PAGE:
At times like this, it can seem the right thing to do would be to circle the wagons, hold what we’ve, got and wait for things to settle out, but that is not who we are as a Christian people. The Lord said to Joshua, “Be strong and courageous. Do not be frightened, and do not be dismayed, for the Lord your God is with you wherever you go.” That’s who we are.
We—the world—has been knocked around pretty good the last couple of years, but through our faith and courage, in the process of asking for and realizing our own healing, we as a congregation are going to seek to bring that same healing to others. I said I was excited about the future of St. Matthew’s and that is why, because as I’ve told you, I firmly believe that the Lord is about to do some amazing work through you and I’m delighted to be a part of it and to be able to watch and participate as it unfolds.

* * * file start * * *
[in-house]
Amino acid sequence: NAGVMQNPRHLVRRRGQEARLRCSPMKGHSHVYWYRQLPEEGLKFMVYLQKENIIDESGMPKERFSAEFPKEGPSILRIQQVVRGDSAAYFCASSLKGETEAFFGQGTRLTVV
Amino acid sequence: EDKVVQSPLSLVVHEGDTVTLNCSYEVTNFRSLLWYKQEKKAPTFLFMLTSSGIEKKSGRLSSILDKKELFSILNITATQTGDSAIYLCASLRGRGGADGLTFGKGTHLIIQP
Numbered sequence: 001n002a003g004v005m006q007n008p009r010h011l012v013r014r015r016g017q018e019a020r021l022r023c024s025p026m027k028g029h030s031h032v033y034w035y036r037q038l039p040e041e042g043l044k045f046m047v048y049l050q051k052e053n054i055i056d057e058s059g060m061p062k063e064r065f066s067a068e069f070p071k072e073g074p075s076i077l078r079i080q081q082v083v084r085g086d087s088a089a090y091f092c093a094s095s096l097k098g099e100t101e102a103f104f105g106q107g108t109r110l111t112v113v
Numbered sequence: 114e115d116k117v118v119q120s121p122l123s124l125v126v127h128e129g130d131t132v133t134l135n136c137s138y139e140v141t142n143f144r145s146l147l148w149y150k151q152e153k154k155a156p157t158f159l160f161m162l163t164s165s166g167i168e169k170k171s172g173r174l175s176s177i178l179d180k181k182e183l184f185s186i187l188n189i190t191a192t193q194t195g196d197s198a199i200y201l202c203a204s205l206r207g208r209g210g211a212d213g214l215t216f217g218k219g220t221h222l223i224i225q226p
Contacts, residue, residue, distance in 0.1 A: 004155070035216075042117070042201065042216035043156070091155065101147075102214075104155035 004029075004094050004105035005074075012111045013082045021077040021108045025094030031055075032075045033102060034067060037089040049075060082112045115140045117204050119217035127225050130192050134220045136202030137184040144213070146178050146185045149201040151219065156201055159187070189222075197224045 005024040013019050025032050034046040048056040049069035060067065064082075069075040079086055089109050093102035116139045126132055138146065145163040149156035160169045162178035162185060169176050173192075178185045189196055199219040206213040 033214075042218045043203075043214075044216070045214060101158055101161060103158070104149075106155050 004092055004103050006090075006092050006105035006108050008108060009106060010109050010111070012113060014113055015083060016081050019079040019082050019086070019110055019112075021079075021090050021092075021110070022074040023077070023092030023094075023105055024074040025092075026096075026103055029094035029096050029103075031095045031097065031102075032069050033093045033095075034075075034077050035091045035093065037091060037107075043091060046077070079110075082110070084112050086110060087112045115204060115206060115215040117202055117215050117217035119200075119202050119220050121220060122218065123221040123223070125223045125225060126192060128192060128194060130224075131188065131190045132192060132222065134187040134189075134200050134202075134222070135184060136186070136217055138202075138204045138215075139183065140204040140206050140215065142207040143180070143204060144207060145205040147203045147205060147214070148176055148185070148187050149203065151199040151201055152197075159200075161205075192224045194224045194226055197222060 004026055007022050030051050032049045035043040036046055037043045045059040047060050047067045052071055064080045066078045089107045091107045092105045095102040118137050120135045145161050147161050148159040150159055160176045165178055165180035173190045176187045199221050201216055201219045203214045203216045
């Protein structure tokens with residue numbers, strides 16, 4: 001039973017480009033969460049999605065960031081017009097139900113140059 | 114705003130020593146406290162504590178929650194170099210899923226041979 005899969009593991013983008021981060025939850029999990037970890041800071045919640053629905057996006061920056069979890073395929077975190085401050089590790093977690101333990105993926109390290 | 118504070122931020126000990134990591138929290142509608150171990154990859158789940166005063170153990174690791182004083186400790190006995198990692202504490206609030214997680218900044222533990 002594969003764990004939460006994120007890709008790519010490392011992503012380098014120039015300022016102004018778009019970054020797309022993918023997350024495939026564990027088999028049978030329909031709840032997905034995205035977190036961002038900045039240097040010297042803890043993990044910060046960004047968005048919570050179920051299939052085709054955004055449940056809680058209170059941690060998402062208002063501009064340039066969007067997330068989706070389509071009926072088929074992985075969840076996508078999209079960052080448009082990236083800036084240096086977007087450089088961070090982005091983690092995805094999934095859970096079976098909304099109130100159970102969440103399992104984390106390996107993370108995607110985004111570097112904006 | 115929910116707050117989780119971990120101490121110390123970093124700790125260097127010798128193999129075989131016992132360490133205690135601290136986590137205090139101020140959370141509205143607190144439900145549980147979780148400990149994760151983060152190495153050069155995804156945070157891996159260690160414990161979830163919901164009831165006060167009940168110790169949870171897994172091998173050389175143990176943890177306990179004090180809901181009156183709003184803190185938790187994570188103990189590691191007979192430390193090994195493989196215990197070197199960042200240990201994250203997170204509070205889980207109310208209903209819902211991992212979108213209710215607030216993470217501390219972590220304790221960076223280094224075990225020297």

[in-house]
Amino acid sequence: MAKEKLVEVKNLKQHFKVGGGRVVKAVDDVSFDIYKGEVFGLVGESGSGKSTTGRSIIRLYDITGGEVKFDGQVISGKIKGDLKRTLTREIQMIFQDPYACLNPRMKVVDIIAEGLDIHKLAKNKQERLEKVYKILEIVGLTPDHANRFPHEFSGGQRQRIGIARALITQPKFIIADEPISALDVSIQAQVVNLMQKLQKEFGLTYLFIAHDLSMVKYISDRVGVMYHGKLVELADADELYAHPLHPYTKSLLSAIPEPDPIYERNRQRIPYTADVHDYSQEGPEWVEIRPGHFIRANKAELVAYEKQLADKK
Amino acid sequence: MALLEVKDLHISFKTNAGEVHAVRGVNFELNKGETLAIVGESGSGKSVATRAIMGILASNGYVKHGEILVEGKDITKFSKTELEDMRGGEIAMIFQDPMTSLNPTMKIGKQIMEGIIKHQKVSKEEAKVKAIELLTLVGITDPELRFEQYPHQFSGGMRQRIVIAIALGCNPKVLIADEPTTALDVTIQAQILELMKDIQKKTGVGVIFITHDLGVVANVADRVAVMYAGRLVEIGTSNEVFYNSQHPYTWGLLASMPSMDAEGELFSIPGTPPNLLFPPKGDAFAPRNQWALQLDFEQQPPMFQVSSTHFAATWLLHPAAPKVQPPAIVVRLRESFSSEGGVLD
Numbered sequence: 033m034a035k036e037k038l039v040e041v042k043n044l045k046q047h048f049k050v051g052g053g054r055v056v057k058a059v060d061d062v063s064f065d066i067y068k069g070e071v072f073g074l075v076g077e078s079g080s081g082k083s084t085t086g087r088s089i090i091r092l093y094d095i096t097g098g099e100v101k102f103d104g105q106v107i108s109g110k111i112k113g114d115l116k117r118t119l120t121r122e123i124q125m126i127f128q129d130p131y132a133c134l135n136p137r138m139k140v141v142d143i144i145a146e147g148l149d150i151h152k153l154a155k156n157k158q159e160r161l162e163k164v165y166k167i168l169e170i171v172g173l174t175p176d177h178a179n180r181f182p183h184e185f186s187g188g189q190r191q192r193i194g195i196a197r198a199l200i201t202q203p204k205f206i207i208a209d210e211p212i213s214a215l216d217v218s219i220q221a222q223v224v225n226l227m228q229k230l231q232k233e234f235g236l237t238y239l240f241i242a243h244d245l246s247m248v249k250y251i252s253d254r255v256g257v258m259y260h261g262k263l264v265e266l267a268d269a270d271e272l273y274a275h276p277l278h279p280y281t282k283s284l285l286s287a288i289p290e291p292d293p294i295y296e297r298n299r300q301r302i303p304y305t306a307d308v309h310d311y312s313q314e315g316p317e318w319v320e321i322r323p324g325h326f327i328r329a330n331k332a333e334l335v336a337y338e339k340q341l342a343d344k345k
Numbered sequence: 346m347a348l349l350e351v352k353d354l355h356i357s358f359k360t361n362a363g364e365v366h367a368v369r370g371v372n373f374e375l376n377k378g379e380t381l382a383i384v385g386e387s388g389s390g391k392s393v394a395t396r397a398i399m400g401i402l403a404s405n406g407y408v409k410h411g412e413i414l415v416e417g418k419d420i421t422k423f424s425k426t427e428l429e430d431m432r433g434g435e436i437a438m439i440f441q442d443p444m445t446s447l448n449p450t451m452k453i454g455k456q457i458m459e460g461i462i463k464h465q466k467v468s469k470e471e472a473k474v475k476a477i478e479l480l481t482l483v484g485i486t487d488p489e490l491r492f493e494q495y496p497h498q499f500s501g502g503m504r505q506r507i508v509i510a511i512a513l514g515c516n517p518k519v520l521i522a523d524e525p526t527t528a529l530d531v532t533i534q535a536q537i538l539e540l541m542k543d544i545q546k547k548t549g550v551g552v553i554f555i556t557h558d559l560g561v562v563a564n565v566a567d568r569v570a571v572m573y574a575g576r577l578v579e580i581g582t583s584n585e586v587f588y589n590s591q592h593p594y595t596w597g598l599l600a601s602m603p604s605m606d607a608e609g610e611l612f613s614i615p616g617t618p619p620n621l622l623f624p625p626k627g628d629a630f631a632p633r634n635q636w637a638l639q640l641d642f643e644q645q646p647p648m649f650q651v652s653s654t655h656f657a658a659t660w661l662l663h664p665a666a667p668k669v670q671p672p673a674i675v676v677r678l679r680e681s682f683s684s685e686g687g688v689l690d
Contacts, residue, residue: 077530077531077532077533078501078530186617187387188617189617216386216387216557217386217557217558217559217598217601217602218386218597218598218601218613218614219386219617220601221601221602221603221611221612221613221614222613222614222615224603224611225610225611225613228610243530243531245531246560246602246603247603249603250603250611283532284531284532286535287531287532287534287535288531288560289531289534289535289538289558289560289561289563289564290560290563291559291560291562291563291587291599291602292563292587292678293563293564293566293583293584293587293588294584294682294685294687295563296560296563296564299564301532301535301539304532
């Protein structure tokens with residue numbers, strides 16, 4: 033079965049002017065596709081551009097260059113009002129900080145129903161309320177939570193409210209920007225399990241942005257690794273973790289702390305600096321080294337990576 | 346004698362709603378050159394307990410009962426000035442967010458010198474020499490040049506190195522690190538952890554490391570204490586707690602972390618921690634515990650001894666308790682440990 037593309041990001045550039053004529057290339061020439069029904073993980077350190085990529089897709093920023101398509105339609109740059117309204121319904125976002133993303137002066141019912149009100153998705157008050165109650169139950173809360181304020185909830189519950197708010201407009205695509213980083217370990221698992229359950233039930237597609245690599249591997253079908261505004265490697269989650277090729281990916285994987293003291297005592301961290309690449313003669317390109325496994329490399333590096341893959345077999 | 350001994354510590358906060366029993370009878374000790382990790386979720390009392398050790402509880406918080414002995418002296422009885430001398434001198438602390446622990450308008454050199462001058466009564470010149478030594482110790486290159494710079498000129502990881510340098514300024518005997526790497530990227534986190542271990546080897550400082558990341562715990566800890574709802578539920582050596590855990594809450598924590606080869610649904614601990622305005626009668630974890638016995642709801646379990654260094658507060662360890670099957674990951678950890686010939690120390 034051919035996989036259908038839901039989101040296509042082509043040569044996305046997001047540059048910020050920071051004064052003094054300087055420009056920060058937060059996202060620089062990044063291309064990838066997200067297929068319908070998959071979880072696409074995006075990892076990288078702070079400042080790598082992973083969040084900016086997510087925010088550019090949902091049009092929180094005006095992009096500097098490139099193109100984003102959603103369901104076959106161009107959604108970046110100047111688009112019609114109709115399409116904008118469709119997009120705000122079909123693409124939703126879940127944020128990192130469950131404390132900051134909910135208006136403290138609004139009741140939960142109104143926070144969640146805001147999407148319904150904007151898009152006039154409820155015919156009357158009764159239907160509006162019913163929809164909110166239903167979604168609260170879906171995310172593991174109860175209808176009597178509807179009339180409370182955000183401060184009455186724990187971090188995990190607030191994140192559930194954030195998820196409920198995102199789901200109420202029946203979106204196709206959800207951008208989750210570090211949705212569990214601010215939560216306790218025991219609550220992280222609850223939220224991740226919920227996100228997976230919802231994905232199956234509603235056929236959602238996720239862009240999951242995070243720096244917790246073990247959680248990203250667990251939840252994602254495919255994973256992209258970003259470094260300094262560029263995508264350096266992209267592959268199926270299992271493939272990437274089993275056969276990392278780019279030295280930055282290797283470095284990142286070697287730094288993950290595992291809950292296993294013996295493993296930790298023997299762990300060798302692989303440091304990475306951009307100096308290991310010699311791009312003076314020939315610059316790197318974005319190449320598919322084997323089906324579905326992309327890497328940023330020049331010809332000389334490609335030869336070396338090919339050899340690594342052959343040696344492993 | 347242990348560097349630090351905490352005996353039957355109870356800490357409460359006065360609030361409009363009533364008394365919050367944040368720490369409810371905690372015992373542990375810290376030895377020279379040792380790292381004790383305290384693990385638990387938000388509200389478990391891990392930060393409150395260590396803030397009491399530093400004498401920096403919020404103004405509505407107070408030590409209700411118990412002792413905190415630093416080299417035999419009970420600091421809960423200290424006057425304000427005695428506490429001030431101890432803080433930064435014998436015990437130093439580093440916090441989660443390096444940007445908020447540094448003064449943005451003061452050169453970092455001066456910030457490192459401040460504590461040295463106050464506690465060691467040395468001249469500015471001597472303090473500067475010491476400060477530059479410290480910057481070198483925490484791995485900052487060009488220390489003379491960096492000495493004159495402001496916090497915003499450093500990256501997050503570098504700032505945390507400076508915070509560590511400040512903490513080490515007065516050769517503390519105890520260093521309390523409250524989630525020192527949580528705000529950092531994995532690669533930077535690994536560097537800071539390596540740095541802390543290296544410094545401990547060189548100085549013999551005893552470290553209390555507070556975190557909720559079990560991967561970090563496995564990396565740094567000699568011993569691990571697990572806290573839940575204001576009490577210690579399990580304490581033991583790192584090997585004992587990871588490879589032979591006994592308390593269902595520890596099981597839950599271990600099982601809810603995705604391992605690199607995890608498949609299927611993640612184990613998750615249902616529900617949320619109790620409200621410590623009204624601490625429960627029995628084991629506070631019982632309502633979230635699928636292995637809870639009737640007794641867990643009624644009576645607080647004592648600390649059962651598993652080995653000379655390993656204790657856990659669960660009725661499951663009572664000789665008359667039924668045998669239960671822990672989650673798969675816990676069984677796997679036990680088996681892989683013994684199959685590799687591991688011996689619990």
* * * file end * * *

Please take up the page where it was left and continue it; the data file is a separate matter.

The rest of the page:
Let us pray: Heavenly Father, look upon our community of faith which is the Church of your Son, Jesus Christ. Help us to witness to his love by loving all our fellow creatures without exception. Under the leadership of our Bishop keep us faithful to Christ’s mission of calling all men and women to your service so that there may be “one fold and one shepherd.” We ask this through Christ, our Lord. Amen.